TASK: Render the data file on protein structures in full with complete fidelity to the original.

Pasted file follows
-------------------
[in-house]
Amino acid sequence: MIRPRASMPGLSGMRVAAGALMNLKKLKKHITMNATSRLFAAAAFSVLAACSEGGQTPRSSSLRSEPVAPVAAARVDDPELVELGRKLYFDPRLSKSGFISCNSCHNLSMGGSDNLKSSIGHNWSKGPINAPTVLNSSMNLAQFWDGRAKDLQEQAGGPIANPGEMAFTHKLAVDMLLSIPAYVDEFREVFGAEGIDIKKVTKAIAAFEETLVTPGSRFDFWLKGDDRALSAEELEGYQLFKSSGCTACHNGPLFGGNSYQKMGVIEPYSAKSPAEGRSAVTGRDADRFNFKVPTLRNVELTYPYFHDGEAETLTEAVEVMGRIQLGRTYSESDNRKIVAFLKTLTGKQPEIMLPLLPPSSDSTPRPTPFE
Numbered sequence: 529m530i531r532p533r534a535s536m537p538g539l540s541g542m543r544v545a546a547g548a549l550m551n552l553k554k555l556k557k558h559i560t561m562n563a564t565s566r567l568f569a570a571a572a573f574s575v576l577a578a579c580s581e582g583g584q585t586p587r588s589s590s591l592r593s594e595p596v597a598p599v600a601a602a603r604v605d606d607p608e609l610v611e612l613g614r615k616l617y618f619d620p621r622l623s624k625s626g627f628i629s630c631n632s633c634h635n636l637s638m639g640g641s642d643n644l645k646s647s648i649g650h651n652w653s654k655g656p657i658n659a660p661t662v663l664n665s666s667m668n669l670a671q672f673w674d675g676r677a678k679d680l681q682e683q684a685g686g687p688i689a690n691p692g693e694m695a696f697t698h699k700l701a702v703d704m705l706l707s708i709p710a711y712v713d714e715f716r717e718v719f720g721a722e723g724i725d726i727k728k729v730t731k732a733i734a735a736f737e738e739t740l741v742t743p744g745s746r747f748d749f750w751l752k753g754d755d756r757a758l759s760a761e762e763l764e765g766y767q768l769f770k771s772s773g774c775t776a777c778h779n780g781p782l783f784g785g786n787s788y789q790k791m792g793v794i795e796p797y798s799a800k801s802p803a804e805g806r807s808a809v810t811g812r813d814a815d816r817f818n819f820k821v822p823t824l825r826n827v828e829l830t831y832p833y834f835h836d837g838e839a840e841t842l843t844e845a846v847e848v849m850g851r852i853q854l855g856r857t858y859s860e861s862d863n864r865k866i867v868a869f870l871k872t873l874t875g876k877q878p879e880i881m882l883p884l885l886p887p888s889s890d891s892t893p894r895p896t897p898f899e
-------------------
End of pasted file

[in-house]
Amino acid sequence: MIRPRASMPGLSGMRVAAGALMNLKKLKKHITMNATSRLFAAAAFSVLAACSEGGQTPRSSSLRSEPVAPVAAARVDDPELVELGRKLYFDPRLSKSGFISCNSCHNLSMGGSDNLKSSIGHNWSKGPINAPTVLNSSMNLAQFWDGRAKDLQEQAGGPIANPGEMAFTHKLAVDMLLSIPAYVDEFREVFGAEGIDIKKVTKAIAAFEETLVTPGSRFDFWLKGDDRALSAEELEGYQLFKSSGCTACHNGPLFGGNSYQKMGVIEPYSAKSPAEGRSAVTGRDADRFNFKVPTLRNVELTYPYFHDGEAETLTEAVEVMGRIQLGRTYSESDNRKIVAFLKTLTGKQPEIMLPLLPPSSDSTPRPTPFE
Numbered sequence: 529m530i531r532p533r534a535s536m537p538g539l540s541g542m543r544v545a546a547g548a549l550m551n552l553k554k555l556k557k558h559i560t561m562n563a564t565s566r567l568f569a570a571a572a573f574s575v576l577a578a579c580s581e582g583g584q585t586p587r588s589s590s591l592r593s594e595p596v597a598p599v600a601a602a603r604v605d606d607p608e609l610v611e612l613g614r615k616l617y618f619d620p621r622l623s624k625s626g627f628i629s630c631n632s633c634h635n636l637s638m639g640g641s642d643n644l645k646s647s648i649g650h651n652w653s654k655g656p657i658n659a660p661t662v663l664n665s666s667m668n669l670a671q672f673w674d675g676r677a678k679d680l681q682e683q684a685g686g687p688i689a690n691p692g693e694m695a696f697t698h699k700l701a702v703d704m705l706l707s708i709p710a711y712v713d714e715f716r717e718v719f720g721a722e723g724i725d726i727k728k729v730t731k732a733i734a735a736f737e738e739t740l741v742t743p744g745s746r747f748d749f750w751l752k753g754d755d756r757a758l759s760a761e762e763l764e765g766y767q768l769f770k771s772s773g774c775t776a777c778h779n780g781p782l783f784g785g786n787s788y789q790k791m792g793v794i795e796p797y798s799a800k801s802p803a804e805g806r807s808a809v810t811g812r813d814a815d816r817f818n819f820k821v822p823t824l825r826n827v828e829l830t831y832p833y834f835h836d837g838e839a840e841t842l843t844e845a846v847e848v849m850g851r852i853q854l855g856r857t858y859s860e861s862d863n864r865k866i867v868a869f870l871k872t873l874t875g876k877q878p879e880i881m882l883p884l885l886p887p888s889s890d891s892t893p894r895p896t897p898f899e